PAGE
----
It appears that the chaos surrounding the NBA Players Association is beginning to get cleared up, and now the question is whether major structural changes are in store.
NBPA president Derek Fisher told the Globe last month that he was waiting for the results of an independent investigation into the inner workings of the association — mostly executive director Billy Hunter — before making any decision on whether to continue in office.
Hunter was accused of such things as nepotism — especially when it came to financial dealings with a firm that employed Hunter’s son — and neglecting to get his contract extension approved by the NBPA body.
A report by the law firm of Paul Weiss Rifkind Wharton & Garrison was released this past week and made some interesting observations on Hunter’s actions.
The NBPA executive committee, which includes Celtics player development coordinator Keyon Dooling, sought to oust Fisher, but he has refused to resign. Fisher pushed for the investigation into the union’s actions, and it appears that some of his concerns about its workings were legitimate.
According to the report, while no criminal wrongdoing was discovered by the firm, “the facts do show that, at times, Mr. Hunter’s actions were inconsistent with his fiduciary obligations to put the interests of the Union above his personal interests. Further, Mr. Hunter did not properly manage conflicts of interest.”
In addition, Hunter’s contract was never universally approved by the union’s Board of Representatives, one of Fisher’s most serious accusations.
“We also find that the NBPA’s Board of Player Representatives never properly approved Mr. Hunter’s current employment contract with the Union as required by the Union’s Constitution and By-Laws, that Mr. Hunter was aware that his current contract was never properly approved and that he knowingly failed to disclose this information to the Executive Committee and the Player Representatives,” the report states.
The report suggested that “the NBPA should consider whether Mr. Hunter should remain as the Union’s Executive Director and whether new and more effective controls should be enacted to govern the NBPA, its Foundation and its Executive Director.”
The report finds that Hunter negotiated his new contract in 2010 without the union having unbiased legal representation in working out the deal. Instead, Hunter’s confidant, the late Gary Hall, negotiated the extension, which bumped Hunter’s salary $700,000 to $3 million per year.
Because Hunter’s contract was not properly ratified, the report said, the board and the NBPA executive committee should consider whether or not he stays on when it convenes at All-Star Weekend next month in Houston. It is uncertain whether that will occur.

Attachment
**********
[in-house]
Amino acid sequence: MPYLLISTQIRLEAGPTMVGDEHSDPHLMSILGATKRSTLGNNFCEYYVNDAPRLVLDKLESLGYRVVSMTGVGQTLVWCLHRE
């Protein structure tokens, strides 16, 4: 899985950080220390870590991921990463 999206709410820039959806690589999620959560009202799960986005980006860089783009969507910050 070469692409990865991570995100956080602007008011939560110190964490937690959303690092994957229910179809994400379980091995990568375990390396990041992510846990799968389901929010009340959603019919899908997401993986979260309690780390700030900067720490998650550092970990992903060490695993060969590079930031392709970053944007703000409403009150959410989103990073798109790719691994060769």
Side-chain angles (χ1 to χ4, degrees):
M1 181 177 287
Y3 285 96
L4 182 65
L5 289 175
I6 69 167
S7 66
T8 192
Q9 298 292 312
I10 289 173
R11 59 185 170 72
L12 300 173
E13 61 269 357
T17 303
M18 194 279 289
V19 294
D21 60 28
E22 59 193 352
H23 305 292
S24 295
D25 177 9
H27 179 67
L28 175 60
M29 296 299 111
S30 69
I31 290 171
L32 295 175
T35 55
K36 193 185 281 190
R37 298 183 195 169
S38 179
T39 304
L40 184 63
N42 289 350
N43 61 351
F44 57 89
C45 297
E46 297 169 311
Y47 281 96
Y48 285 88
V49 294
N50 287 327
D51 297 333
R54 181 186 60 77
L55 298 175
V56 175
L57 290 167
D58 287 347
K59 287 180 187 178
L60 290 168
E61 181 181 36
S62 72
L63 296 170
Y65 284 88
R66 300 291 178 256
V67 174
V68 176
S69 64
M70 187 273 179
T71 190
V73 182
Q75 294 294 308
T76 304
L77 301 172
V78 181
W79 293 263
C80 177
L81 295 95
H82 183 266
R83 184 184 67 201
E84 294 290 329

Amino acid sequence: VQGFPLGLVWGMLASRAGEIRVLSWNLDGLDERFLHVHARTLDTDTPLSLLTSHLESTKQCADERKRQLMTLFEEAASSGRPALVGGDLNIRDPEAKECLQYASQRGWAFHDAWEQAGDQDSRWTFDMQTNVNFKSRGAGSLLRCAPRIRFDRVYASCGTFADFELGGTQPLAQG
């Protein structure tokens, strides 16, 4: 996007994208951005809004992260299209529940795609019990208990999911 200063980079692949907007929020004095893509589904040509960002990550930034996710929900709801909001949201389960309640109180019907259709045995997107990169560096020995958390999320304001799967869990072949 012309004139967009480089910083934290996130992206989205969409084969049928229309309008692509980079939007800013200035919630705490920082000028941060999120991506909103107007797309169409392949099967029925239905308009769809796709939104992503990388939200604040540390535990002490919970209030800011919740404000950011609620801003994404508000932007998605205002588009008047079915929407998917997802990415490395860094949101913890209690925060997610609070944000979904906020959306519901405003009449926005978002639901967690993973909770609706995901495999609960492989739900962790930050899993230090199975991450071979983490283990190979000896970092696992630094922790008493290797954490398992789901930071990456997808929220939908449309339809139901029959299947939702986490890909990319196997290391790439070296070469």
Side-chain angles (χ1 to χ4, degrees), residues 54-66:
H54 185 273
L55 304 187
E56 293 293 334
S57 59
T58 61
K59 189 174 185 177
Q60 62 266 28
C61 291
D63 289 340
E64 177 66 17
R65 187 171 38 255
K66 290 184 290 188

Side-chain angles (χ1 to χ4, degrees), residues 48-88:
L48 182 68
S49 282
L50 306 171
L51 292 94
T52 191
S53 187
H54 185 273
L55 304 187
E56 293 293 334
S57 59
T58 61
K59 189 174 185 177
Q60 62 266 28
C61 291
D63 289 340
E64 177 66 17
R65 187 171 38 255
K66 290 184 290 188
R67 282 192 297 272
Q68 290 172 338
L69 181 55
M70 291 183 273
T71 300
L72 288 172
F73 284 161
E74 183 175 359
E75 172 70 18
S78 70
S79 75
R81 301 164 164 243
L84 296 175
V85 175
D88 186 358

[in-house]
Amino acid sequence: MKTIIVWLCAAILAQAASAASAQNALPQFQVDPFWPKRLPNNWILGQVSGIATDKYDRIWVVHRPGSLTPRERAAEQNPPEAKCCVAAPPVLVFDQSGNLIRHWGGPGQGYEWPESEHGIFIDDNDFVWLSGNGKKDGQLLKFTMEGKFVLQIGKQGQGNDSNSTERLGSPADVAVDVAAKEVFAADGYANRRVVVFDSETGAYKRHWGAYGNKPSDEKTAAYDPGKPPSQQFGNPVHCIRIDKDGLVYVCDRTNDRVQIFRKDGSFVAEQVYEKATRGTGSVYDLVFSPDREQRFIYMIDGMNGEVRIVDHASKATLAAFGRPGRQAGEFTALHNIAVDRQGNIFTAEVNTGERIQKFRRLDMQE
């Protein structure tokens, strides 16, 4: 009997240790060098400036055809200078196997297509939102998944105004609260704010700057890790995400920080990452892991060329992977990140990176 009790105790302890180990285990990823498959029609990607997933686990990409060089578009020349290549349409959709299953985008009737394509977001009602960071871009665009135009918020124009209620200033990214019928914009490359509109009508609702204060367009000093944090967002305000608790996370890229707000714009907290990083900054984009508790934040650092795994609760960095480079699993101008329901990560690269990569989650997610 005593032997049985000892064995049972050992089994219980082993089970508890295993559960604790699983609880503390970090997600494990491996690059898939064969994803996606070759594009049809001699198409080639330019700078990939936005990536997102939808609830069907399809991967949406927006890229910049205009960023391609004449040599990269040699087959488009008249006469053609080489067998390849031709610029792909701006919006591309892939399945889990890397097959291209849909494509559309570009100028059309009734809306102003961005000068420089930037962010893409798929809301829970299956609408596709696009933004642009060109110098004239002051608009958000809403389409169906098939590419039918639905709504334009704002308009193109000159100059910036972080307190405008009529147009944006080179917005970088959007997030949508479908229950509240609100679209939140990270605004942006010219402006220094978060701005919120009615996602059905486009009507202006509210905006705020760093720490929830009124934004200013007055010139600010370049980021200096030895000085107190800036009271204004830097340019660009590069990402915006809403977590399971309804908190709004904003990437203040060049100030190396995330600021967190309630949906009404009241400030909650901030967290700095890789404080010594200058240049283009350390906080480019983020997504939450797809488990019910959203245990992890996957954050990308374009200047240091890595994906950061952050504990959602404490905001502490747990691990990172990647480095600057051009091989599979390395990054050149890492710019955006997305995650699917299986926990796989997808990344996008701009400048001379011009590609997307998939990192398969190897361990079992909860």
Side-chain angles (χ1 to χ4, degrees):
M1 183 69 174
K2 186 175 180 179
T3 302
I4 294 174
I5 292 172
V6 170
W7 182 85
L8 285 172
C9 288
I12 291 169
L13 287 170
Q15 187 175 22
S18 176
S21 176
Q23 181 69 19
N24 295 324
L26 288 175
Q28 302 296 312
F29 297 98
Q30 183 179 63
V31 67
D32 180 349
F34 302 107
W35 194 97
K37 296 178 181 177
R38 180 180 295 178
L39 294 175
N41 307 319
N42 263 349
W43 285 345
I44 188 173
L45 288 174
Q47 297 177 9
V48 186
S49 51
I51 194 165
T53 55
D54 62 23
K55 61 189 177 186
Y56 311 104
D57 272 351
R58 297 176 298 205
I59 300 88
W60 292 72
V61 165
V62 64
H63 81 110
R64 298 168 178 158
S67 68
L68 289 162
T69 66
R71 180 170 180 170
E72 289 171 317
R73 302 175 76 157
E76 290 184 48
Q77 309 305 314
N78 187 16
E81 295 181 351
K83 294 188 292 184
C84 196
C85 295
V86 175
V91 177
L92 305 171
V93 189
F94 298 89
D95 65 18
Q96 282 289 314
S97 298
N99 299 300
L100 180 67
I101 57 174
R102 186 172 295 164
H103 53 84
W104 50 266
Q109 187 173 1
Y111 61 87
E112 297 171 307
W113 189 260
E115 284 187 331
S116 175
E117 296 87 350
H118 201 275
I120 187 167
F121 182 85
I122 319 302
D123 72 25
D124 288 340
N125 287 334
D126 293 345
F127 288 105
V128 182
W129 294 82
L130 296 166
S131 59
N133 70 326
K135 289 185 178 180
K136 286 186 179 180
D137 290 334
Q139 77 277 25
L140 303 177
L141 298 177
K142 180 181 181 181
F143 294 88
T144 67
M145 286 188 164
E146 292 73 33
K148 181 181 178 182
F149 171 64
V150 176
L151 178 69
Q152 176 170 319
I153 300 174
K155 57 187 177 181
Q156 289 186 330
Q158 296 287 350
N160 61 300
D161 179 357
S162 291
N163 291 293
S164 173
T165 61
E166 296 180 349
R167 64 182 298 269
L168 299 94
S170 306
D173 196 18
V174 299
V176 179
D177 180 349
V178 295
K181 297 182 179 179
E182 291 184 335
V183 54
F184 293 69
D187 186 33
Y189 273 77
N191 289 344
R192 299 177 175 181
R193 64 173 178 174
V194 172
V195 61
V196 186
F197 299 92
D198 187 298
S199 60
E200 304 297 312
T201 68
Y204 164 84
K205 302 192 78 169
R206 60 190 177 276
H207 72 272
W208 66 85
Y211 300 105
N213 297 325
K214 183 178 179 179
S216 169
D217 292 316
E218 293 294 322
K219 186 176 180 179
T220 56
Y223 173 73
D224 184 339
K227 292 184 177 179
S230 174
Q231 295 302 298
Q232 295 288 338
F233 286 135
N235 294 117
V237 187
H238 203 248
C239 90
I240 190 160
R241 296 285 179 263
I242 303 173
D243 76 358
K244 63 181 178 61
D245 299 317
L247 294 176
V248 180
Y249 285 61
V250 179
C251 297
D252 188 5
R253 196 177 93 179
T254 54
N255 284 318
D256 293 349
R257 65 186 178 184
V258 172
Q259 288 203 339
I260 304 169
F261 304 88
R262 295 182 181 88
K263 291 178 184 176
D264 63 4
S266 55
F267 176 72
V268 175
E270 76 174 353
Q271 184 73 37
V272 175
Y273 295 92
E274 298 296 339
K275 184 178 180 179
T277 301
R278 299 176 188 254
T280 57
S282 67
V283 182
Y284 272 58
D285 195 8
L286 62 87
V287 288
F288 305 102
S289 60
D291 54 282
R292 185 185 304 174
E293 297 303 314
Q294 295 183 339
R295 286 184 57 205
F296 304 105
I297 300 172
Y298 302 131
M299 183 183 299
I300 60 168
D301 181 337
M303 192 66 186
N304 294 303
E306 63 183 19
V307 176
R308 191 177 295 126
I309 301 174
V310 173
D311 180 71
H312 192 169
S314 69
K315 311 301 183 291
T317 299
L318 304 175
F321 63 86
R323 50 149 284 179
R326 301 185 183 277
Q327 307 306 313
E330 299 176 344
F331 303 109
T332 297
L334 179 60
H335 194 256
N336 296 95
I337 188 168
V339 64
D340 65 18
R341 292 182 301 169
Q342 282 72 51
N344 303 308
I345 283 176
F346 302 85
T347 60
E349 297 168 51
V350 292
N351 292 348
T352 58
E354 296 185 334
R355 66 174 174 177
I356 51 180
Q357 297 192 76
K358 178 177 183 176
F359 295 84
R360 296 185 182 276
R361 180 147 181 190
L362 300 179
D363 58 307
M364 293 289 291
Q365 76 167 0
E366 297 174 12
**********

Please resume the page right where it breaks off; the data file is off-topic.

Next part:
The report also addressed accusations of nepotism, as Hunter has hired his daughter, daughter-in-law, nephew, and son to work with the union or related business.
“His choices created the appearance that he operated the Union in part for the benefit of his family and friends,” the report said. “It was not possible to determine precisely when a tipping point was reached, but at some point in time, NBPA employees concluded that Mr. Hunter was running the Union as a ‘family business’ and, in the word of one, felt ‘surrounded’ by Hunter family members.”
Whether Hunter remains as executive director will be determined by the powers in the executive committee and Board of Representatives. According to a league source, there are two factions in the union — those who are supportive of and loyal to Hunter, and those who are not and believe he has lost the past two labor negotiations to commissioner David Stern.
There are other accusations against Hunter in the report, such as getting paid for an excessive amount of vacation time, mishandling union money with investments, and buying gifts for committee members with union money.
In a statement, Hunter said, “While I strongly disagree with some of the findings contained in the report, I am pleased it recognized that I have not engaged in criminal acts nor was I involved in misappropriation of union funds.
“Regarding my contract — my third in a long tenure of the organization — it was ratified by the NBPA Executive Committee and signed by President Derek Fisher. I believe the contract and extensions are valid. I am pleased to discuss with the Player Representative board any concerns about my contract.
“During my tenure, the salaries of NBA players have more than doubled, and they are the highest-paid athletes in the world. When I arrived at the NBPA in 1996, the challenges were significant. The Union’s financial liabilities exceeded its assets. Today the Union is solvent and its financial future is secure.”
Hunter made it clear he has no plans to resign.
“I look forward to continuing my work with the NBPA, adopting additional recommendations from the report and opening a new chapter of NBPA governance,” his statement said.
“I will be reaching out to the membership to discuss the report and address ways to pursue the best path forward for the NBPA.”
The NBPA’s power structure is uncertain, as many of the game’s highest-paid and more influential players do not participate in union issues. So Fisher and his group of supporters could have a louder voice than before, but it will likely not be powerful enough to unseat Hunter.
If anything, the report demonstrated that more players need to be involved in the union’s business structure and decision-making — or it could weaken even more or even dissolve.
CRISIS IN CONFIDENCE
Young Rivers a bit shaken
Austin Rivers had a well-deserved reputation for being a confident player in his high school, AAU, and college days. But before he scored 8 points in 23 minutes against his father’s Celtics Wednesday, the Hornets guard had scored a total of 10 points in his previous nine games, and he admitted that his once-impenetrable confidence had been shaken.
What’s left of that confidence is keeping him motivated.
“You've seen a lot of guys, rookies, especially our class this year, everyone’s been so up and down,” said Rivers. “There’s guys that I’ve known my whole life that don’t look the same, people with their heads down, and I think I’ve been a culprit as well.
“In games, I’ve had my head down. And that’s never been me. You’ve got to stay up and stay confident and believe in yourself, because to be truthful, confidence for me is a huge part of my game, and I think everyone knows that.